Although quantities vary, the therapeutic health claims for oats, barley and flax are similar. For example, the health claim calls for a daily diet to include three grams of beta glucan fibre from oats or barley, while with flax it is 40 grams of ground whole flaxseed—and all can help lower blood cholesterol, which is a risk factor for heart disease.

The science stands solidly behind those claims, but what do they mean to the average consumer?

“It means if individuals consume the recommended amounts (or a combination) of those grains and oilseeds in their daily diets, it will help reduce blood cholesterol levels,” said Kelley Fitzpatrick, a consulting nutritionist who works with both the Flax Council of Canada and the Barley Council of Canada. She is also working with the hemp industry on the health benefits of hemp seed.

Fitzpatrick, working with the Flax Council, was instrumental in preparing the submission that earned flax a Health Canada therapeutic health claim in 2014.

“With the Health Canada guidance document in place, we were able to complete the process in about 18 months,” said Fitzpatrick. “With my background, I was able to review about 1,100 published studies, eliminate

those that didn’t apply, and narrow it down to about 16 that we felt qualified. And from that, Health Canada selected six it felt were of high enough quality to support the health claim.”

After achieving a health claim, the next step is to inform consumers of the health benefits of the food. While many food processors are keen to include health claims on products as part of their marketing efforts, Fitzpatrick said it is also important to explain what that “daily amount” looks like in portion size.

Back in Nancy Ames’ lab, they not only reviewed scientific studies, but they did a lot of work looking at different forms of barley—whole barley, pearl barley, barley flakes and barley flour—in typical serving sizes. They were all tested to determine the amount of beta glucan fibre in different forms of barley.

With oats, researchers looked at oat bran, rolled oats/oatmeal and whole oat flour to determine amounts of beta glucan fibre.

The health claim for both cereals calls for a daily serving of three grams of beta glucan fibre. For an oat food product to carry the health claim, it must contain 0.75 grams of beta glucan oat fibre per serving, and with barley it must have one gram of beta glucan per serving.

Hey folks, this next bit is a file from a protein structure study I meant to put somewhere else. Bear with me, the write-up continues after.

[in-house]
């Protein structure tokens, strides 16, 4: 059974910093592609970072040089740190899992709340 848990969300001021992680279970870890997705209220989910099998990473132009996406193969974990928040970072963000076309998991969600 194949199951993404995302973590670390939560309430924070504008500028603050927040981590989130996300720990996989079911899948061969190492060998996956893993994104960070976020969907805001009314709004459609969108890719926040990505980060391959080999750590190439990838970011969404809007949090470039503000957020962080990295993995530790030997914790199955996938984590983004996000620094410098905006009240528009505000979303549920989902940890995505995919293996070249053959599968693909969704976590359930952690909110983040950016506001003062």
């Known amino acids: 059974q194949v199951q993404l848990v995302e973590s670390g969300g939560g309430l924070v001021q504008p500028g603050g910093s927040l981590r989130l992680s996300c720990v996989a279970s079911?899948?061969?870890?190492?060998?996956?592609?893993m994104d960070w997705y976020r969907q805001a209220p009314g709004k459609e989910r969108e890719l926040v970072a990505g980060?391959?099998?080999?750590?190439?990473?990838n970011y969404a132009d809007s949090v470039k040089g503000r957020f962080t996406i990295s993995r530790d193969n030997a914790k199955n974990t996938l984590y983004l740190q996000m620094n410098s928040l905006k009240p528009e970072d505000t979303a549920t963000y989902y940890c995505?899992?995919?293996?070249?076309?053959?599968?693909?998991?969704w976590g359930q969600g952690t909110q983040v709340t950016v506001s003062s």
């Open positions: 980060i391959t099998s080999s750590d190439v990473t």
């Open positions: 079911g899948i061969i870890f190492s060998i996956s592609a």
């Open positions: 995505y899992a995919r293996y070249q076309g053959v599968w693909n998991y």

This information matters to consumers, who are paying attention to health claims on food products, said Brooke Bulloch, a private food nutritionist operating her own Food to Fit consulting service in Saskatoon.

“People are becoming more aware of what foods they eat, and are interested in the health benefits of different foods,” said Bulloch. “When we do grocery store tours, one of the first things we look at is the health claims.”

Health Canada, along with other public researchers and a wide range of industry partners, is working to establish therapeutic health claims on several other foods or food ingredients, including whole grains and pulses, as well as flax, hemp and canola oil. These foods are thought to provide an array of benefits, ranging from cardiovascular disease and diabetes prevention to

weight management and improved digestive health. The goal of these health claims is not only to provide food processors and manufacturers with new, health-conscious marketing tools, but, more importantly, to provide education and guidance to consumers on healthy food choices.

Wheat is still looking for its first health claim in Canada. It is a healthy cereal grain, said Ames, and has potential for a couple of therapeutic health claims if the supporting research data can be assembled to meet Health Canada criteria. In Europe, for example, the European Food Safety Authority has approved a health claim for wheat bran and its value in speeding digestion leading to, in more specific terms, “accelerated intestinal transit.” As well, there is another health claim for arabinoxylan, a soluble fibre extract from wheat that has value in reducing blood glucose.

“These are two examples of the potential health claims in wheat we need to look at,” said Ames. “There is lots of evidence supporting the good nutrition of wheat;

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the work just needs to be done to pull the research and evidence together to support a health claim in Canada.”